Country Clubs and Deliberate Design

I was very happy to see this morning that Fred Wilson had shared his thoughts on inclusivity, building off of my earlier post You Can't Start the Revolution From a Country Club.

Fred gets to the heart of the matter:

I have learned the power of inclusivity from writing this blog and watching this community evolve. Everyone is welcome here. Everyone can comment. Nobody's comments get nuked unless they are spam or hate. And I have a very high standard for hate. The community can and does police this place. And that allows anyone to come in here and be a regular. And that is what has created the magic.

Issues of inclusion and identity can be really difficult for some communities to talk about, especially when they're framed provocatively as I intentionally did. So let me share a few nuanced points that often get lost in the discussion.

  • Country clubs are useful if what you want to make is a place for people to play golf and be served drinks. I don't want to belabor the analogy here, but there are plenty of places that are exclusive, even elitist, without necessarily being evil. Jonathan Glick illustrates this in a great way by pointing at universities as a good example. What's key is to acknowledge, understand and admit when one is seeking to be exclusive, and to acknowledge the reasons for, and impacts of, that choice.
  • Sometimes communities of interest aren't intrinsically diverse by some measures. If you made an alumni community for the high school I went to, it'd be overwhelmingly white and lower-middle class. If you made a community for Chopard owners, it'd be overwhelmingly wealthy. If you made a community for Ledisi fans, it'd be overwhelmingly African American. Does that mean these would be designed to exclude? No, they're for a particular audience, which happens to have a primary demographic.
  • At the same time, tech platforms are different than communities of interest. If sites like Svbtle and App.net and Medium (and many, many others I didn't mention) seek to simply be narrow communities of interest for people who own MacBooks, call fonts "typefaces" and have strong feelings about coffee, then that's a perfectly valid choice and the makeup of their communities doesn't matter. But if these platforms seek to empower broad swaths of the public, to engage people around the world, or to encourage discussion between people of different communities, then their efforts at seeking a broader makeup are in fact essential.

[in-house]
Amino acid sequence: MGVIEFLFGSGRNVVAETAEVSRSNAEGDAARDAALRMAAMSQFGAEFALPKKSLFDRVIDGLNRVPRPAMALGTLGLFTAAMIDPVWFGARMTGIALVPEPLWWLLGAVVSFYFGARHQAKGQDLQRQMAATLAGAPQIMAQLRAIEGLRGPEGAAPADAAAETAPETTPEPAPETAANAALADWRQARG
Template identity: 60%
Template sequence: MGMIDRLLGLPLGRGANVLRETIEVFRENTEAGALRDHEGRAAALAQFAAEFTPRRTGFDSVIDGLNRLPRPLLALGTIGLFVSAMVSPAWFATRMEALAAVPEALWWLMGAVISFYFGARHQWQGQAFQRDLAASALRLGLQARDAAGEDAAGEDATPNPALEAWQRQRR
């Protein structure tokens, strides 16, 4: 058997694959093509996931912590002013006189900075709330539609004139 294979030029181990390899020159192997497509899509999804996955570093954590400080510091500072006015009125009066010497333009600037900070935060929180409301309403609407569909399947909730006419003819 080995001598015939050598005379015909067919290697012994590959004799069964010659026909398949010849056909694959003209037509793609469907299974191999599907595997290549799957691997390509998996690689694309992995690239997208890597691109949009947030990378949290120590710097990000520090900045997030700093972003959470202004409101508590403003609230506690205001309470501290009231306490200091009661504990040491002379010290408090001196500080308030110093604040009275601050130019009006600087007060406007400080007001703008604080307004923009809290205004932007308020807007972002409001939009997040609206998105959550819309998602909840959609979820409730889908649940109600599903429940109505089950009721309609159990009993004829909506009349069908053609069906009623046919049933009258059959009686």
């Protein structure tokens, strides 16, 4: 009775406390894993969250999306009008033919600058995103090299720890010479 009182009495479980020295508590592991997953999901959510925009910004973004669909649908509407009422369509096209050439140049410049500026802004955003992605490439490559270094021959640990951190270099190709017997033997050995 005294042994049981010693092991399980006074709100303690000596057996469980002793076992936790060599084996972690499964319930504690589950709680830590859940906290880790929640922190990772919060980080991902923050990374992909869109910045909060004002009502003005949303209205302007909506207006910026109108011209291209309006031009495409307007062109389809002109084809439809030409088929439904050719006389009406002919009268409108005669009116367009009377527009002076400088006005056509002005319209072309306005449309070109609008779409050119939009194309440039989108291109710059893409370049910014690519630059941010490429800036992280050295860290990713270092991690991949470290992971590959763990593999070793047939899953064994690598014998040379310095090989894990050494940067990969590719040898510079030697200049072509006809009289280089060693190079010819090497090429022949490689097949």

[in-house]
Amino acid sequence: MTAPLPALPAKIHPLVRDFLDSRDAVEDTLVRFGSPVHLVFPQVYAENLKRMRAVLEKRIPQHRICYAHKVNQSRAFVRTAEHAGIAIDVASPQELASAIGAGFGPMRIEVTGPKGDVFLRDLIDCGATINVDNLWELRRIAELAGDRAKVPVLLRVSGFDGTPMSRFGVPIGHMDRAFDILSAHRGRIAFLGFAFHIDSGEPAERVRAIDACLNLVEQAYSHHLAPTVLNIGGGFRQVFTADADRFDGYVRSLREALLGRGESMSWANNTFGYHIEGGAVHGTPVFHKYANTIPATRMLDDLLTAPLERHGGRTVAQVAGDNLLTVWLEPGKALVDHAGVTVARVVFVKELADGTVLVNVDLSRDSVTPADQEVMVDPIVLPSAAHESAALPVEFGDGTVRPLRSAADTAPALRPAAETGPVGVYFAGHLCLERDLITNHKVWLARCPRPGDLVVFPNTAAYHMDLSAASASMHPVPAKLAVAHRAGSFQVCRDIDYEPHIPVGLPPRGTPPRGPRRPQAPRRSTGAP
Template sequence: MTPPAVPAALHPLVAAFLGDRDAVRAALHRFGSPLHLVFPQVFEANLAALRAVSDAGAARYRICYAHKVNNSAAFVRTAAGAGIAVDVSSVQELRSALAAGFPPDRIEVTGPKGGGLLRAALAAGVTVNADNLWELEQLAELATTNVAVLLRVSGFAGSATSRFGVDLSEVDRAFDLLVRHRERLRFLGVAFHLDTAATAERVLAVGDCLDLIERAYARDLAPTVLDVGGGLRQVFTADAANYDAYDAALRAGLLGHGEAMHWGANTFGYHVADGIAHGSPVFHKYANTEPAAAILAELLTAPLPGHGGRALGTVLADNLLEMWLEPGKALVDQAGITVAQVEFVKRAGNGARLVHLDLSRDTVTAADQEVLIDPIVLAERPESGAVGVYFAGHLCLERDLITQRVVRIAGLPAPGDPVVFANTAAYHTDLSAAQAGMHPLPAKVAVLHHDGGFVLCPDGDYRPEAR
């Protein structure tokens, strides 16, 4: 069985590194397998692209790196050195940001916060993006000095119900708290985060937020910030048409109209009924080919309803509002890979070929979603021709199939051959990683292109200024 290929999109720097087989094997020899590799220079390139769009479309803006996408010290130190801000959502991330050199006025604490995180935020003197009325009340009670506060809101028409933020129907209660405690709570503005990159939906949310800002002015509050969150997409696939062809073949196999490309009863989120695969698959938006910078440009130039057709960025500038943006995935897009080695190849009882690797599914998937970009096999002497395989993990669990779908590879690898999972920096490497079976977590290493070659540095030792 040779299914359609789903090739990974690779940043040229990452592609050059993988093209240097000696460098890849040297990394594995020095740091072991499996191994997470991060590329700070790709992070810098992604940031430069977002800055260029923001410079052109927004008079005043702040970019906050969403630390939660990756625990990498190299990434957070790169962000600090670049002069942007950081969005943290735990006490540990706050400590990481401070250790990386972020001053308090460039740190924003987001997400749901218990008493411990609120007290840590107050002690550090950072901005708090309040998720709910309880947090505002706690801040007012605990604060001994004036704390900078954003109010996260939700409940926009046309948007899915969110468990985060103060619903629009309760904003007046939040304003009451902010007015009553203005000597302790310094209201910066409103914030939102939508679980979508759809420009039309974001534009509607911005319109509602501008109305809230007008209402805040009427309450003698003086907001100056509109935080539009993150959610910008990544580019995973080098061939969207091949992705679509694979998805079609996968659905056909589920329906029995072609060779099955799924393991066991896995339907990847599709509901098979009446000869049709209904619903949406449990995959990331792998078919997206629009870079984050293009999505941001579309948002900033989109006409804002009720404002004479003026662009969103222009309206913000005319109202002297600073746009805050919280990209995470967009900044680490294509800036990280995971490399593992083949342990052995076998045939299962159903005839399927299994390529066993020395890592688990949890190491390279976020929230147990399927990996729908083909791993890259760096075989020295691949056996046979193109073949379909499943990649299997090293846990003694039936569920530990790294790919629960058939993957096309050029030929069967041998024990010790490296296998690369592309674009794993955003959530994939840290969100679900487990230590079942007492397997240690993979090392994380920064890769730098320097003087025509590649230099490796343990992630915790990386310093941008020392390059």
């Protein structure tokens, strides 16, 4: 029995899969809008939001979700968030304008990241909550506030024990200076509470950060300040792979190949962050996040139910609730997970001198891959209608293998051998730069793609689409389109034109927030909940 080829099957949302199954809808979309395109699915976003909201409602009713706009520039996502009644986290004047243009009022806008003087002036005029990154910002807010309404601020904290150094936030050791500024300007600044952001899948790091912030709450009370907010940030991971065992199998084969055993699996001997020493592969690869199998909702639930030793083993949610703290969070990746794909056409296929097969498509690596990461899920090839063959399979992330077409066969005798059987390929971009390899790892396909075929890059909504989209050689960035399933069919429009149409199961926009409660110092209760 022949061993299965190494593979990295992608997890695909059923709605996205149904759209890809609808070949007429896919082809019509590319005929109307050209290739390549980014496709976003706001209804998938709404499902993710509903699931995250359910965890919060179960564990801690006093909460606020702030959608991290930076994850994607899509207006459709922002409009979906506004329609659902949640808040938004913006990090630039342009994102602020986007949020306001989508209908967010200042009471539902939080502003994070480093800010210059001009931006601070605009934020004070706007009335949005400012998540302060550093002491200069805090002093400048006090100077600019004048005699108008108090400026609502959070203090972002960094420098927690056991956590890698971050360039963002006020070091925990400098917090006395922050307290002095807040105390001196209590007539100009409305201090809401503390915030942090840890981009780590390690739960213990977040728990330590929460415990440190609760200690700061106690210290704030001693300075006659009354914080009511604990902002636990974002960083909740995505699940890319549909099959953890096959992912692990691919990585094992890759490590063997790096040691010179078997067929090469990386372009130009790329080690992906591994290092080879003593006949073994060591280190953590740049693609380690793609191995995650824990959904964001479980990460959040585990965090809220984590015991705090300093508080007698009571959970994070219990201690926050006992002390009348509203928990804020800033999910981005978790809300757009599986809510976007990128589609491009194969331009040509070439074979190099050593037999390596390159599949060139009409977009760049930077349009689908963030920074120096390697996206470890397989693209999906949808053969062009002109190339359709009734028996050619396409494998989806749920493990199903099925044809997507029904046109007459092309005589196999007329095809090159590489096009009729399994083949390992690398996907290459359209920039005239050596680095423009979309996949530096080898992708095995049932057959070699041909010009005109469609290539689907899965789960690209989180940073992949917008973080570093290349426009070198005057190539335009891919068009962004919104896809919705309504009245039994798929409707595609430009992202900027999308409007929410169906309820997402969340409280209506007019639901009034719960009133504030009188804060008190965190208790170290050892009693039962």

Even though I put it in the headline of my earlier piece, people seem to forget that I was only criticizing country clubs in the context of fomenting revolution. As Ginny Rometty can attest, few country clubs are even close to aspiring to revolution. Obviously, my strong bias is towards technology being radical enough to change established inequitable cultural hierarchies, but if you think things are fine and fair, or you just want to build an app that's not focused on solving those problems, there's no reason to have any particular objection to my focus. Except, when faced with data of what the reality of such design choices look like, some people do take exception.

That's the response to Benjamin Jackson's piece on Buzzfeed exploring the demographics of Svbtle. Again, I don't attribute any malice or ill will to Dustin Curtis; I think he's just trying to make a cool site. And to be fair, lots of people who are not versed in conversations about privilege, access and inclusion can have a difficult time when they're brought into one without expecting it.